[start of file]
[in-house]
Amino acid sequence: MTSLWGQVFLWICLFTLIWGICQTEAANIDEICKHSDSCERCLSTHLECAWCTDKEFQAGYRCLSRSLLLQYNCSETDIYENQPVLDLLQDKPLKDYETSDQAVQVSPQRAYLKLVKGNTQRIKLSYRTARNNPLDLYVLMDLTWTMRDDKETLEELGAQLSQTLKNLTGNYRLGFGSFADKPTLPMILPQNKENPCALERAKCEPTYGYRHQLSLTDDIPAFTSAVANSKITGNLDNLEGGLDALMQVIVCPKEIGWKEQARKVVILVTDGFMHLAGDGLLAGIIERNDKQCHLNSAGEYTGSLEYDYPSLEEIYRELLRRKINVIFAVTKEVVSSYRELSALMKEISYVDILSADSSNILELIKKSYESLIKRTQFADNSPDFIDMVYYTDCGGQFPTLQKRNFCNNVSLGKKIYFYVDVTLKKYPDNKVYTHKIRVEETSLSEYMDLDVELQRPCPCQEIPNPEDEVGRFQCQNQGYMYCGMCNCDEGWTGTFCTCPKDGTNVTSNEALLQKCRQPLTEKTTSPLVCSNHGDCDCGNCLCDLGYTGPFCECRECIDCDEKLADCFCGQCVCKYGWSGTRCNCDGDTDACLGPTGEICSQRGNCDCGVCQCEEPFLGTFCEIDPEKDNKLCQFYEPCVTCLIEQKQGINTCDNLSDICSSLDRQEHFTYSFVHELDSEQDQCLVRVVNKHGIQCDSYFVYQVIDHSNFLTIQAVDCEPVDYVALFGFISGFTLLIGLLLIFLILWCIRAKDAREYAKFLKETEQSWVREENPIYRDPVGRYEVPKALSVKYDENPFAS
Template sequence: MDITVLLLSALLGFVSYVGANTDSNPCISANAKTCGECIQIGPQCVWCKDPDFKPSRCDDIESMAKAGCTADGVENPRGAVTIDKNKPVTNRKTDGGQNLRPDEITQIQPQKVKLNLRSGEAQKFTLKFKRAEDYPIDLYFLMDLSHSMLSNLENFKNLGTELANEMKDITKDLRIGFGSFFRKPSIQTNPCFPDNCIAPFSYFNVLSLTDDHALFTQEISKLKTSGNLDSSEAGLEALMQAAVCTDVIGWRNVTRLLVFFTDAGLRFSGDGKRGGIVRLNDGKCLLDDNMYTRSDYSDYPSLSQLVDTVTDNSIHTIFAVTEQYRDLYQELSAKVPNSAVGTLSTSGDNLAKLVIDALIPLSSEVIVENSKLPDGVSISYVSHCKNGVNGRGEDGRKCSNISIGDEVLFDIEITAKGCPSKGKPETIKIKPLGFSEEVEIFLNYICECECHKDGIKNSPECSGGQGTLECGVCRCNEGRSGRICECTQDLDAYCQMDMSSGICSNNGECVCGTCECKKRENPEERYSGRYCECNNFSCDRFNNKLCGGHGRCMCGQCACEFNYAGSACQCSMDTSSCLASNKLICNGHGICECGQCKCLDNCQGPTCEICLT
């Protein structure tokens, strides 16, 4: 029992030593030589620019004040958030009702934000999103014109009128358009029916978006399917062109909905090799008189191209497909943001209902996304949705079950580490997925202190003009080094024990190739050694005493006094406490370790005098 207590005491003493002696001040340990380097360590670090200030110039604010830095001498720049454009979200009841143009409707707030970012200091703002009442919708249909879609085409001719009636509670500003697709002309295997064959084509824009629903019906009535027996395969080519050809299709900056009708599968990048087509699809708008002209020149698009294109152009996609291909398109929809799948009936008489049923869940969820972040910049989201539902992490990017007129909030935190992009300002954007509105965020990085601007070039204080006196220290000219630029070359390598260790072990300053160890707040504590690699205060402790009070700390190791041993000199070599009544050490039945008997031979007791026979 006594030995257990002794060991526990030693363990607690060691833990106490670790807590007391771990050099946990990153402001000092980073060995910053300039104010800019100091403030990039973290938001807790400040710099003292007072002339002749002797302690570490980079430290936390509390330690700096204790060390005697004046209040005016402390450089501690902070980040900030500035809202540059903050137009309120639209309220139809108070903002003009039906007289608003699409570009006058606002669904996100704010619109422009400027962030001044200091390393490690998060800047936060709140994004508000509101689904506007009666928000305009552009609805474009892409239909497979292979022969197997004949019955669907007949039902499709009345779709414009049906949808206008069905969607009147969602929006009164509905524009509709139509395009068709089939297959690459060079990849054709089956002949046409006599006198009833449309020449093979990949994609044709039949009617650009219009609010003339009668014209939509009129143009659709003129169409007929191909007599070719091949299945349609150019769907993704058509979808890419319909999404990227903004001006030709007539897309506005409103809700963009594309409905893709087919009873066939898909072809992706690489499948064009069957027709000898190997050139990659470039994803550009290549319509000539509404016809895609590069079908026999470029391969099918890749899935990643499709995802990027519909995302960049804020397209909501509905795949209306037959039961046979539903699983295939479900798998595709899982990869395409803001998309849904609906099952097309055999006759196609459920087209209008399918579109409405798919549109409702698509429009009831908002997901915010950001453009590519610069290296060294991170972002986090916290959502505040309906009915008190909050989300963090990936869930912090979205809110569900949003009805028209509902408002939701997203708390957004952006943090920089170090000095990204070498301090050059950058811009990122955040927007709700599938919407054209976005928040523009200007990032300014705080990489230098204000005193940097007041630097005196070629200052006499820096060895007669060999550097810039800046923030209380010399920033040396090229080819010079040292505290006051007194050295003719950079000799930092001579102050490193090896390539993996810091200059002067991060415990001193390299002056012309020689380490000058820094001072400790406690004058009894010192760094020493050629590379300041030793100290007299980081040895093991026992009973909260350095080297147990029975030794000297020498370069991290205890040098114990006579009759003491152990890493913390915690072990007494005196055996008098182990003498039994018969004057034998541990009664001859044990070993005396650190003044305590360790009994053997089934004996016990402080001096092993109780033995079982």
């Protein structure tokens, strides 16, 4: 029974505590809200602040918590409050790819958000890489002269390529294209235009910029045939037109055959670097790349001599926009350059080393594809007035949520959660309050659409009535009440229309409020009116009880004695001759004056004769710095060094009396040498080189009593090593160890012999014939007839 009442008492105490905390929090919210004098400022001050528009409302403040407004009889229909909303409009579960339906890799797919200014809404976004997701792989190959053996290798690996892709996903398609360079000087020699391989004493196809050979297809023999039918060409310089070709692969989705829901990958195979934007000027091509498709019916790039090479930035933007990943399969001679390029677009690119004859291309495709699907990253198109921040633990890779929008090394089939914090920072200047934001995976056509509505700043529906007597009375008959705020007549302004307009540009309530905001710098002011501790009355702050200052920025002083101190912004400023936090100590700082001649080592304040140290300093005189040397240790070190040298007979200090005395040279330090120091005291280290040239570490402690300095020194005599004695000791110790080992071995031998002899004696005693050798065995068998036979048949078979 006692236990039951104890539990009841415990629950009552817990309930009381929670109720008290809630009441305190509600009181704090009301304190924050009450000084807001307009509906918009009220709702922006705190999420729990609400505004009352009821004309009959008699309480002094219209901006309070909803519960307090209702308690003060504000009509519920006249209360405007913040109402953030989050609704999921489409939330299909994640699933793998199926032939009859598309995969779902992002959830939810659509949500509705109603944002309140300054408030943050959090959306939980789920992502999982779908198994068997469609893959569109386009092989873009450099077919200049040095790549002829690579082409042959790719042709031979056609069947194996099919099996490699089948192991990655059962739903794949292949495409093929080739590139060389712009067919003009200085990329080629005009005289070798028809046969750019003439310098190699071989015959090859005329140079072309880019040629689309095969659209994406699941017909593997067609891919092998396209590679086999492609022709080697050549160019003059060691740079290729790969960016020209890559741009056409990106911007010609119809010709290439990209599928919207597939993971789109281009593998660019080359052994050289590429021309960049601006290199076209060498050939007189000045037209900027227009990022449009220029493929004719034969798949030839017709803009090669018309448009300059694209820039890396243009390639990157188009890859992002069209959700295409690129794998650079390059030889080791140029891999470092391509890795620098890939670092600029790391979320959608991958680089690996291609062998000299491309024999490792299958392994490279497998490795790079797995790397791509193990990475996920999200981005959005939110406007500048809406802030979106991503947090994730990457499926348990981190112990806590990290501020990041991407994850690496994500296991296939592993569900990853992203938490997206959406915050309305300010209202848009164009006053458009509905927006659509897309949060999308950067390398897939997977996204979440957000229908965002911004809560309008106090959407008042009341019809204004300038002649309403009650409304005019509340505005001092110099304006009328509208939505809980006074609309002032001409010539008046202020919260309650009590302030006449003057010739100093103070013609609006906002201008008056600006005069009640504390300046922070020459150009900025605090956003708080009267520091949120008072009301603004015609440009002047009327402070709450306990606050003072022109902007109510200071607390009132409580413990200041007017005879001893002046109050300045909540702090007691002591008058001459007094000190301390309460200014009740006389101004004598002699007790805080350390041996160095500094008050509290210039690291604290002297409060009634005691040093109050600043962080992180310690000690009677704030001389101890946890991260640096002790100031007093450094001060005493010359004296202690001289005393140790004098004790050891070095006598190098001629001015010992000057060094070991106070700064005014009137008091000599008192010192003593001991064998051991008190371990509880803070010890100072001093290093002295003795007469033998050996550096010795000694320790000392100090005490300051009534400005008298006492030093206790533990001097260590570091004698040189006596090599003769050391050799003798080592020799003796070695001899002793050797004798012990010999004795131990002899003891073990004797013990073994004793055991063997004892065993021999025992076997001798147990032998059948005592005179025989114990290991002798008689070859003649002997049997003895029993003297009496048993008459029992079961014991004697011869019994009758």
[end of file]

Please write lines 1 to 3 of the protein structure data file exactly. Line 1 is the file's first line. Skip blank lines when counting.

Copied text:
[in-house]
Amino acid sequence: MTSLWGQVFLWICLFTLIWGICQTEAANIDEICKHSDSCERCLSTHLECAWCTDKEFQAGYRCLSRSLLLQYNCSETDIYENQPVLDLLQDKPLKDYETSDQAVQVSPQRAYLKLVKGNTQRIKLSYRTARNNPLDLYVLMDLTWTMRDDKETLEELGAQLSQTLKNLTGNYRLGFGSFADKPTLPMILPQNKENPCALERAKCEPTYGYRHQLSLTDDIPAFTSAVANSKITGNLDNLEGGLDALMQVIVCPKEIGWKEQARKVVILVTDGFMHLAGDGLLAGIIERNDKQCHLNSAGEYTGSLEYDYPSLEEIYRELLRRKINVIFAVTKEVVSSYRELSALMKEISYVDILSADSSNILELIKKSYESLIKRTQFADNSPDFIDMVYYTDCGGQFPTLQKRNFCNNVSLGKKIYFYVDVTLKKYPDNKVYTHKIRVEETSLSEYMDLDVELQRPCPCQEIPNPEDEVGRFQCQNQGYMYCGMCNCDEGWTGTFCTCPKDGTNVTSNEALLQKCRQPLTEKTTSPLVCSNHGDCDCGNCLCDLGYTGPFCECRECIDCDEKLADCFCGQCVCKYGWSGTRCNCDGDTDACLGPTGEICSQRGNCDCGVCQCEEPFLGTFCEIDPEKDNKLCQFYEPCVTCLIEQKQGINTCDNLSDICSSLDRQEHFTYSFVHELDSEQDQCLVRVVNKHGIQCDSYFVYQVIDHSNFLTIQAVDCEPVDYVALFGFISGFTLLIGLLLIFLILWCIRAKDAREYAKFLKETEQSWVREENPIYRDPVGRYEVPKALSVKYDENPFAS
Template sequence: MDITVLLLSALLGFVSYVGANTDSNPCISANAKTCGECIQIGPQCVWCKDPDFKPSRCDDIESMAKAGCTADGVENPRGAVTIDKNKPVTNRKTDGGQNLRPDEITQIQPQKVKLNLRSGEAQKFTLKFKRAEDYPIDLYFLMDLSHSMLSNLENFKNLGTELANEMKDITKDLRIGFGSFFRKPSIQTNPCFPDNCIAPFSYFNVLSLTDDHALFTQEISKLKTSGNLDSSEAGLEALMQAAVCTDVIGWRNVTRLLVFFTDAGLRFSGDGKRGGIVRLNDGKCLLDDNMYTRSDYSDYPSLSQLVDTVTDNSIHTIFAVTEQYRDLYQELSAKVPNSAVGTLSTSGDNLAKLVIDALIPLSSEVIVENSKLPDGVSISYVSHCKNGVNGRGEDGRKCSNISIGDEVLFDIEITAKGCPSKGKPETIKIKPLGFSEEVEIFLNYICECECHKDGIKNSPECSGGQGTLECGVCRCNEGRSGRICECTQDLDAYCQMDMSSGICSNNGECVCGTCECKKRENPEERYSGRYCECNNFSCDRFNNKLCGGHGRCMCGQCACEFNYAGSACQCSMDTSSCLASNKLICNGHGICECGQCKCLDNCQGPTCEICLT